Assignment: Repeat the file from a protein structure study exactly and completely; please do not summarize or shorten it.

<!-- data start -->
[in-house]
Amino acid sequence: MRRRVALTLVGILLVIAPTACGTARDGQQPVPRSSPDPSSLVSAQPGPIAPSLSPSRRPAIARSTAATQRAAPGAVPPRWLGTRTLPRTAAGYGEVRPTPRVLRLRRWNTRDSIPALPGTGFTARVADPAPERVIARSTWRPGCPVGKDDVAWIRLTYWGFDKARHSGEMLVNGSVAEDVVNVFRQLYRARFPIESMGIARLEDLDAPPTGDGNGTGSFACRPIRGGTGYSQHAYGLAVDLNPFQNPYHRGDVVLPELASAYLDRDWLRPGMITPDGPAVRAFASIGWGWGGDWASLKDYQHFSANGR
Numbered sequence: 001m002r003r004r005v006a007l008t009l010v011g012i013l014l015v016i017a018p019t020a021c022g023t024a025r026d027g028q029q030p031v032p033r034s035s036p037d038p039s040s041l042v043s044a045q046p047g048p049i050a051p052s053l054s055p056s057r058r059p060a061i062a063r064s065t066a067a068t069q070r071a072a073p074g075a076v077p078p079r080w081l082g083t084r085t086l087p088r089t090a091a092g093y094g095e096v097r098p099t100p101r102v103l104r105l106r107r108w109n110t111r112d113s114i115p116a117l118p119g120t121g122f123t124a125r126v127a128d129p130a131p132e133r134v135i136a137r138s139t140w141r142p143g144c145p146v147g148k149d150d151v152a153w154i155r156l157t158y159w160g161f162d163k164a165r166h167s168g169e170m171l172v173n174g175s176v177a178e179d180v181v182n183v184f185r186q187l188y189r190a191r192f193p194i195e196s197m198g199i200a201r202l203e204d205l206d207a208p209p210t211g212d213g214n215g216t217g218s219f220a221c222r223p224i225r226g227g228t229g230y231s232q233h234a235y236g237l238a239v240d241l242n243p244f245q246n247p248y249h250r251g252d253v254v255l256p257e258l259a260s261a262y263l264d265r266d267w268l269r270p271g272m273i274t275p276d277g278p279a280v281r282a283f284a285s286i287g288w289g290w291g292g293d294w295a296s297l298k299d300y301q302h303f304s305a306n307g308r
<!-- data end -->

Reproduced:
[in-house]
Amino acid sequence: MRRRVALTLVGILLVIAPTACGTARDGQQPVPRSSPDPSSLVSAQPGPIAPSLSPSRRPAIARSTAATQRAAPGAVPPRWLGTRTLPRTAAGYGEVRPTPRVLRLRRWNTRDSIPALPGTGFTARVADPAPERVIARSTWRPGCPVGKDDVAWIRLTYWGFDKARHSGEMLVNGSVAEDVVNVFRQLYRARFPIESMGIARLEDLDAPPTGDGNGTGSFACRPIRGGTGYSQHAYGLAVDLNPFQNPYHRGDVVLPELASAYLDRDWLRPGMITPDGPAVRAFASIGWGWGGDWASLKDYQHFSANGR
Numbered sequence: 001m002r003r004r005v006a007l008t009l010v011g012i013l014l015v016i017a018p019t020a021c022g023t024a025r026d027g028q029q030p031v032p033r034s035s036p037d038p039s040s041l042v043s044a045q046p047g048p049i050a051p052s053l054s055p056s057r058r059p060a061i062a063r064s065t066a067a068t069q070r071a072a073p074g075a076v077p078p079r080w081l082g083t084r085t086l087p088r089t090a091a092g093y094g095e096v097r098p099t100p101r102v103l104r105l106r107r108w109n110t111r112d113s114i115p116a117l118p119g120t121g122f123t124a125r126v127a128d129p130a131p132e133r134v135i136a137r138s139t140w141r142p143g144c145p146v147g148k149d150d151v152a153w154i155r156l157t158y159w160g161f162d163k164a165r166h167s168g169e170m171l172v173n174g175s176v177a178e179d180v181v182n183v184f185r186q187l188y189r190a191r192f193p194i195e196s197m198g199i200a201r202l203e204d205l206d207a208p209p210t211g212d213g214n215g216t217g218s219f220a221c222r223p224i225r226g227g228t229g230y231s232q233h234a235y236g237l238a239v240d241l242n243p244f245q246n247p248y249h250r251g252d253v254v255l256p257e258l259a260s261a262y263l264d265r266d267w268l269r270p271g272m273i274t275p276d277g278p279a280v281r282a283f284a285s286i287g288w289g290w291g292g293d294w295a296s297l298k299d300y301q302h303f304s305a306n307g308r